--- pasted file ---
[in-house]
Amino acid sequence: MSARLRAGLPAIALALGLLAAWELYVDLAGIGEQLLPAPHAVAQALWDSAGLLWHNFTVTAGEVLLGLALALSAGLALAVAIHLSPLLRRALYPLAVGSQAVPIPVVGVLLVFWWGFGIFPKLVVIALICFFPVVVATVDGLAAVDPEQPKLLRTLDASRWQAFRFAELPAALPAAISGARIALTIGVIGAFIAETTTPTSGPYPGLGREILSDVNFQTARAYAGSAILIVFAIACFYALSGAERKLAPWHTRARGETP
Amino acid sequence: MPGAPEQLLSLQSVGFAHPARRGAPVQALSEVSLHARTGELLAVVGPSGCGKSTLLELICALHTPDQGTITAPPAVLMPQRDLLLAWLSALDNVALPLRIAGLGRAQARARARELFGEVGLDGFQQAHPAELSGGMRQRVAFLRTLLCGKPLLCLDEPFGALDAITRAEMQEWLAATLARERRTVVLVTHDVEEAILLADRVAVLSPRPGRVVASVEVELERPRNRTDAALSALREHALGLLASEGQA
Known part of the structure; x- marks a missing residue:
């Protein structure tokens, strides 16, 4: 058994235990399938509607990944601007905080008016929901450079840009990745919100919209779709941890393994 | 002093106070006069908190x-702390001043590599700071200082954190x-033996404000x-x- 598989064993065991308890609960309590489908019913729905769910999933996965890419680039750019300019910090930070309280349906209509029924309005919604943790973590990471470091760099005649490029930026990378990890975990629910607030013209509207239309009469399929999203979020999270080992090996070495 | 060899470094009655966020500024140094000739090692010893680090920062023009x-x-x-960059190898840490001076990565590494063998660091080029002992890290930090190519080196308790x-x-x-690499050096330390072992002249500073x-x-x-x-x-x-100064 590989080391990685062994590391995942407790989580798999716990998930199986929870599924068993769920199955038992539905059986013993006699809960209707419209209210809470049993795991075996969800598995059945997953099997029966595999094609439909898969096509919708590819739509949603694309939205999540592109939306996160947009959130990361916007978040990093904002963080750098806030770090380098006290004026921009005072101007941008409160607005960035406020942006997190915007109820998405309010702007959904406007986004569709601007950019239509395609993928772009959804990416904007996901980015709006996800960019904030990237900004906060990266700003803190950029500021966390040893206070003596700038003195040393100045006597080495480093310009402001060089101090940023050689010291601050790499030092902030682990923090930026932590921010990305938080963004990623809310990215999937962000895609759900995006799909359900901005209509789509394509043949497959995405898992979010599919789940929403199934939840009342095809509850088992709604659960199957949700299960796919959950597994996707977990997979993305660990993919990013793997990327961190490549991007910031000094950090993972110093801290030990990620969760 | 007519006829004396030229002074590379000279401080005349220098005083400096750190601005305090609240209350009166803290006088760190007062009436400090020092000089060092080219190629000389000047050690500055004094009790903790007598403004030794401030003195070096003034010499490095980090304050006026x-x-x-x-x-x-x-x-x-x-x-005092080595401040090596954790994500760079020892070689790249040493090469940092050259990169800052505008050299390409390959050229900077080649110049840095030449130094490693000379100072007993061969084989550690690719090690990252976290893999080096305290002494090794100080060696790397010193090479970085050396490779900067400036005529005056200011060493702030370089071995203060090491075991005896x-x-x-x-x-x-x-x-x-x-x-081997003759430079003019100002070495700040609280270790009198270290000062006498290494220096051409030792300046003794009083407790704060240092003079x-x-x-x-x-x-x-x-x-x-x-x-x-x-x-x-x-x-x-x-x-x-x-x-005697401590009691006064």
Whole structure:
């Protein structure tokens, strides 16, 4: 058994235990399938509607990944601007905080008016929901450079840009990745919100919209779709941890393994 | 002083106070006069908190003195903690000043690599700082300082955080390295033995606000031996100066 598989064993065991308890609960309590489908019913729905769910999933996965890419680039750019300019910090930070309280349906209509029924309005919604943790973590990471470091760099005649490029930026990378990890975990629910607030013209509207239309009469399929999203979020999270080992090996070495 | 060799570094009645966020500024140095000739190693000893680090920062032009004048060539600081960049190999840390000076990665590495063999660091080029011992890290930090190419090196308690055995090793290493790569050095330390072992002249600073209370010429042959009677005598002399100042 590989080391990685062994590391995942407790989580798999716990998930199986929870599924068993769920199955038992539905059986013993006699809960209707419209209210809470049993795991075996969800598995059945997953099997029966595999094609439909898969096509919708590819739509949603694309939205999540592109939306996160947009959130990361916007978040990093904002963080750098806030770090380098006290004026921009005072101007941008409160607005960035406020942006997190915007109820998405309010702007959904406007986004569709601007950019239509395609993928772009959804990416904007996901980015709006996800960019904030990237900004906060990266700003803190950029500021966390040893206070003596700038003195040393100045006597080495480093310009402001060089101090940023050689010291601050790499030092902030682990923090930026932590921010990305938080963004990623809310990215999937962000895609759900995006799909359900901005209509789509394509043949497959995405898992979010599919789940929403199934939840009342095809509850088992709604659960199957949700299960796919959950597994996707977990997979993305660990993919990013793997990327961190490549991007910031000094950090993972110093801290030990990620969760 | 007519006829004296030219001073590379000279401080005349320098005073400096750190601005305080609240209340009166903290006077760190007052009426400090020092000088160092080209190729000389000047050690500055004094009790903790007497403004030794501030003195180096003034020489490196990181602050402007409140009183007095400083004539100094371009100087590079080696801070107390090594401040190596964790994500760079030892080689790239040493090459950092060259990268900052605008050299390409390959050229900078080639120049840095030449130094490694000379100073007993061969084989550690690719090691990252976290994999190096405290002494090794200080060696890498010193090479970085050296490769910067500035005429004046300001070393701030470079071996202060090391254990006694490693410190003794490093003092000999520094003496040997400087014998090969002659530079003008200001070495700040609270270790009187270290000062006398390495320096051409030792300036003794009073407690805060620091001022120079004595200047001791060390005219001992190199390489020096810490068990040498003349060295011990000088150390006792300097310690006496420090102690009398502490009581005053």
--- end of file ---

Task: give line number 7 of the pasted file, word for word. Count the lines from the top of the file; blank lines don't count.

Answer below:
């Protein structure tokens, strides 16, 4: 058994235990399938509607990944601007905080008016929901450079840009990745919100919209779709941890393994 | 002083106070006069908190003195903690000043690599700082300082955080390295033995606000031996100066 598989064993065991308890609960309590489908019913729905769910999933996965890419680039750019300019910090930070309280349906209509029924309005919604943790973590990471470091760099005649490029930026990378990890975990629910607030013209509207239309009469399929999203979020999270080992090996070495 | 060799570094009645966020500024140095000739190693000893680090920062032009004048060539600081960049190999840390000076990665590495063999660091080029011992890290930090190419090196308690055995090793290493790569050095330390072992002249600073209370010429042959009677005598002399100042 590989080391990685062994590391995942407790989580798999716990998930199986929870599924068993769920199955038992539905059986013993006699809960209707419209209210809470049993795991075996969800598995059945997953099997029966595999094609439909898969096509919708590819739509949603694309939205999540592109939306996160947009959130990361916007978040990093904002963080750098806030770090380098006290004026921009005072101007941008409160607005960035406020942006997190915007109820998405309010702007959904406007986004569709601007950019239509395609993928772009959804990416904007996901980015709006996800960019904030990237900004906060990266700003803190950029500021966390040893206070003596700038003195040393100045006597080495480093310009402001060089101090940023050689010291601050790499030092902030682990923090930026932590921010990305938080963004990623809310990215999937962000895609759900995006799909359900901005209509789509394509043949497959995405898992979010599919789940929403199934939840009342095809509850088992709604659960199957949700299960796919959950597994996707977990997979993305660990993919990013793997990327961190490549991007910031000094950090993972110093801290030990990620969760 | 007519006829004296030219001073590379000279401080005349320098005073400096750190601005305080609240209340009166903290006077760190007052009426400090020092000088160092080209190729000389000047050690500055004094009790903790007497403004030794501030003195180096003034020489490196990181602050402007409140009183007095400083004539100094371009100087590079080696801070107390090594401040190596964790994500760079030892080689790239040493090459950092060259990268900052605008050299390409390959050229900078080639120049840095030449130094490694000379100073007993061969084989550690690719090691990252976290994999190096405290002494090794200080060696890498010193090479970085050296490769910067500035005429004046300001070393701030470079071996202060090391254990006694490693410190003794490093003092000999520094003496040997400087014998090969002659530079003008200001070495700040609270270790009187270290000062006398390495320096051409030792300036003794009073407690805060620091001022120079004595200047001791060390005219001992190199390489020096810490068990040498003349060295011990000088150390006792300097310690006496420090102690009398502490009581005053």